Let’s face it, love and fear are polar opposites on the emotional scale, how can anyone expect to bring such a contradiction to a logical conclusion. Love and fear will always promote pain and dysfunction. For instance, if you have a fear which asserts that you cannot trust anyone, then this becomes your self-fulfilling prophecy. After a while in your relationship your partner will do something that seemed perfectly normal or “cute” in the beginning, but suddenly the same act triggers an emotional response making you feel as though you have been betrayed, he or she is sneaking around or hiding something from you, and the drama is played out.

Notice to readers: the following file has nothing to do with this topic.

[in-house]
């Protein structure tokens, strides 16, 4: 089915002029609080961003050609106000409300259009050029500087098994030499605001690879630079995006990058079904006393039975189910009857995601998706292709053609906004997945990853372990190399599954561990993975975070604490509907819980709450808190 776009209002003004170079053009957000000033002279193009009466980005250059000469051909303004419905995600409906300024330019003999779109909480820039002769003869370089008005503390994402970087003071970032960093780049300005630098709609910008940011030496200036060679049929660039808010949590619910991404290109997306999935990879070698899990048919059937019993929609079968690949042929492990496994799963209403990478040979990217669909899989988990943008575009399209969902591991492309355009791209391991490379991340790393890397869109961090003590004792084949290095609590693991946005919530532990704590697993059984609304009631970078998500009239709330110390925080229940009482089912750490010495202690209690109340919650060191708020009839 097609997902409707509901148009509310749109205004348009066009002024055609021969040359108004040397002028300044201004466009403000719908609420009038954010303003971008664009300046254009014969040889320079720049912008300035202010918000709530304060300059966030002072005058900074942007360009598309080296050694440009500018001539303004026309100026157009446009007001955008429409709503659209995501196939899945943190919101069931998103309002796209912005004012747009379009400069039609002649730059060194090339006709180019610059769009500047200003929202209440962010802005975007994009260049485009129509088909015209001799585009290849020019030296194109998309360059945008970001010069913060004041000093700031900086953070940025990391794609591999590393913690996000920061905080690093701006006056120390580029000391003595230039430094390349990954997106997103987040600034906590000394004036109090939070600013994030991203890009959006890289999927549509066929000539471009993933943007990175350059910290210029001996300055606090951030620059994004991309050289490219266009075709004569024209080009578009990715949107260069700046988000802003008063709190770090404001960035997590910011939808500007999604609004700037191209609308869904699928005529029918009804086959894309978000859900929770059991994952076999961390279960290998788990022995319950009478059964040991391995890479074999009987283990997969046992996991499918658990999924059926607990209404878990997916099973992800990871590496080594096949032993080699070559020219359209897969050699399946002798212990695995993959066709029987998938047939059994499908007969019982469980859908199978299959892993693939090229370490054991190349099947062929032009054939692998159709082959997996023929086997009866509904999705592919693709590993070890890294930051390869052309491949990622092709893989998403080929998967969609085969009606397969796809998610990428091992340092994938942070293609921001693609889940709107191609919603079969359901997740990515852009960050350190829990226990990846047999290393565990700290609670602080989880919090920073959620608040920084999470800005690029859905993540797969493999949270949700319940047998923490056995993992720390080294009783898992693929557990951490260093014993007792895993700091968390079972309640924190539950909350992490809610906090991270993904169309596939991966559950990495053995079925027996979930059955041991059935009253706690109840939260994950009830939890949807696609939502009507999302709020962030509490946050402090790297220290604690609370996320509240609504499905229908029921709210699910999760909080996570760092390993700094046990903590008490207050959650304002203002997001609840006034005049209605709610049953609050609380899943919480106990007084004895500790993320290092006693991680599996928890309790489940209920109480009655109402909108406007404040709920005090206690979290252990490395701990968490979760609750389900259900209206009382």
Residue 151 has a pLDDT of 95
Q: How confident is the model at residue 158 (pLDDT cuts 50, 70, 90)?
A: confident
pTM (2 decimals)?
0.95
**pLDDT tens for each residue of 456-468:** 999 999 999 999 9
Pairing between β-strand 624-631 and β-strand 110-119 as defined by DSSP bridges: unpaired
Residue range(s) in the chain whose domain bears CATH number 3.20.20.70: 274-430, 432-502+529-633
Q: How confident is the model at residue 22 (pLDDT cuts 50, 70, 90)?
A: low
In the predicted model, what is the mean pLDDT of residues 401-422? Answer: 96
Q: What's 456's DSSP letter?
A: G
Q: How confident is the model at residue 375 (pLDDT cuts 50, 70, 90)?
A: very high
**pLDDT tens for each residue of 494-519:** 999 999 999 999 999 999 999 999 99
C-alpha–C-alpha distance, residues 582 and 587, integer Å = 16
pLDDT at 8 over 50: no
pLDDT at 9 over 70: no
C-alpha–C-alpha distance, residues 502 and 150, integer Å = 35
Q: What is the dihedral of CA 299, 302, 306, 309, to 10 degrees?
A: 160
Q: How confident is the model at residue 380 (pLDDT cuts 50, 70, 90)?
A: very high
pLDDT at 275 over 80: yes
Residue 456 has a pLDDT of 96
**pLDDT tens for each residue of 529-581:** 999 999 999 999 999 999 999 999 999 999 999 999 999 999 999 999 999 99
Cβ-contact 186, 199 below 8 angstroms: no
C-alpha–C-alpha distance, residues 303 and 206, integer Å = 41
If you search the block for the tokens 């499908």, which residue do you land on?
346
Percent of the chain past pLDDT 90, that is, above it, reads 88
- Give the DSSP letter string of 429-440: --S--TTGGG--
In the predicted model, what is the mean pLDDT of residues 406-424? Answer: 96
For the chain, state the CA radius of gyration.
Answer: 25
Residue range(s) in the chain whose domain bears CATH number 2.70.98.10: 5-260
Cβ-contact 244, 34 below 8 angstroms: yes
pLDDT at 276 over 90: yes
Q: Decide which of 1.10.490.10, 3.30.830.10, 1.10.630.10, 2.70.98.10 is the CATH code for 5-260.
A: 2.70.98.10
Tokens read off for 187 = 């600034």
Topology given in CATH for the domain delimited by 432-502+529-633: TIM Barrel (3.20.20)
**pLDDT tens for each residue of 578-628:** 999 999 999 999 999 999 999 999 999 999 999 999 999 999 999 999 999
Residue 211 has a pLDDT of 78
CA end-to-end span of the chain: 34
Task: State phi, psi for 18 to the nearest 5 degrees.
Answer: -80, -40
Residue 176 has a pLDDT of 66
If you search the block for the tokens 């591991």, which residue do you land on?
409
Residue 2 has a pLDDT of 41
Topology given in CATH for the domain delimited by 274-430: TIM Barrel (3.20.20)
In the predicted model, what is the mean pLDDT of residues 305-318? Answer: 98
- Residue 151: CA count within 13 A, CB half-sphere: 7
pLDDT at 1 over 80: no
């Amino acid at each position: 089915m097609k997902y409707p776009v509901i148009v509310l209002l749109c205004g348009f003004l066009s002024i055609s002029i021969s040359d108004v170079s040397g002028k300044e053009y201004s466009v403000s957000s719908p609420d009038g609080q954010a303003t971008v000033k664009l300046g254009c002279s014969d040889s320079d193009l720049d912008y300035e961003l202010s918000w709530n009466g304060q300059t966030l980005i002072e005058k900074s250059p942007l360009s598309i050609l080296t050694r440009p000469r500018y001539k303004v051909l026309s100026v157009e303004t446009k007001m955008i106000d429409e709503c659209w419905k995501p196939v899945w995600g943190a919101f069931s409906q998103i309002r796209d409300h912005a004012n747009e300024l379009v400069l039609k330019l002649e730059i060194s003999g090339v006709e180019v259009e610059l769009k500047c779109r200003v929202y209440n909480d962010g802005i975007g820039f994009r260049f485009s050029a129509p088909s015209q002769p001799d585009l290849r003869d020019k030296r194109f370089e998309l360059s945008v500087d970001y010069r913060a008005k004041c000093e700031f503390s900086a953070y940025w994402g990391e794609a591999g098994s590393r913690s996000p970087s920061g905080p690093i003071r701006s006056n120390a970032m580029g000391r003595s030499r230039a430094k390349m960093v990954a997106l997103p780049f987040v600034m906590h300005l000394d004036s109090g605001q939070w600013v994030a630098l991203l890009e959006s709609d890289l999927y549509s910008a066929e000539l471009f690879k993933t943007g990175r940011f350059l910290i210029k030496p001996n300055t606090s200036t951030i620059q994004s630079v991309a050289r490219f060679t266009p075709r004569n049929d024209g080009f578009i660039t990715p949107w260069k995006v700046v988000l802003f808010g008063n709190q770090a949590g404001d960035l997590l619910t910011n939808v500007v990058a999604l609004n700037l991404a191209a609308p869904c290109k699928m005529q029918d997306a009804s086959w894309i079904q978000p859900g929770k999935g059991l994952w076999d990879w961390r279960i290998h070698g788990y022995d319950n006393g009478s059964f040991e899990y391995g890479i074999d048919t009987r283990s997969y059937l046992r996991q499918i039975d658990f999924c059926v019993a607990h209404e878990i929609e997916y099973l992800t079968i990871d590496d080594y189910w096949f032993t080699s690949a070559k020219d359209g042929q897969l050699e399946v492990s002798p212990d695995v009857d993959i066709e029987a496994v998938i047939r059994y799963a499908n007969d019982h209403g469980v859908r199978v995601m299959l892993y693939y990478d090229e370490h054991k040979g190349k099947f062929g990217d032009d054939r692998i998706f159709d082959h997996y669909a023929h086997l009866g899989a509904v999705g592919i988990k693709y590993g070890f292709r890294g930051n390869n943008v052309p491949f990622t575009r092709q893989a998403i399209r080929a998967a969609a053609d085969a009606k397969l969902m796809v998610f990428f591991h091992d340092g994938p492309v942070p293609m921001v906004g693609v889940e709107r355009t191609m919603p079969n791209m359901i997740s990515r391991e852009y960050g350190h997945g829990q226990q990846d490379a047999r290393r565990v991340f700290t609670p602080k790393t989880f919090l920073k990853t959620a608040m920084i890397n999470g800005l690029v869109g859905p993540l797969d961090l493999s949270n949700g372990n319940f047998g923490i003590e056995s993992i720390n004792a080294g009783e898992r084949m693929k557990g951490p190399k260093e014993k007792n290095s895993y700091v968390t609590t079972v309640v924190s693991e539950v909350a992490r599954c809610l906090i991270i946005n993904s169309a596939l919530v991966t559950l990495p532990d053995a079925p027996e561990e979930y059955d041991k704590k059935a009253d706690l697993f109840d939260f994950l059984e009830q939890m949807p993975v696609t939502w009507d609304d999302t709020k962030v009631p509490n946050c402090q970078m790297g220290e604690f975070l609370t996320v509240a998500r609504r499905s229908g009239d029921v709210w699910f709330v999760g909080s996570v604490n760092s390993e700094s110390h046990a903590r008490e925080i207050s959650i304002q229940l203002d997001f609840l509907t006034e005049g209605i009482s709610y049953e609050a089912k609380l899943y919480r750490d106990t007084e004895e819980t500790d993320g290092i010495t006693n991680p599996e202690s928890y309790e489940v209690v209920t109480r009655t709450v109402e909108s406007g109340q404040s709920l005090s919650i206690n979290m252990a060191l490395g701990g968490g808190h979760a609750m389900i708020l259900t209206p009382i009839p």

Which would you rather have?

To be right, or to have love?

We tend to project our feelings and fears from our past onto our partner, and we are so good at it that our partner will have no hope in overshadowing your projected image or idea, no matter how well-intended and loving as they might be. This creates an environment which fosters difficulty in couple’s connection and conversation.

When something sets you off in an emotional tailspin, this is triggering a reaction based on some hidden fear which if identified and dealt with can engender healing and open up opportunities for unbridled growth and expansion in you, and untold possibilities for creating a deeper, more authentic and enduring connection with your partner.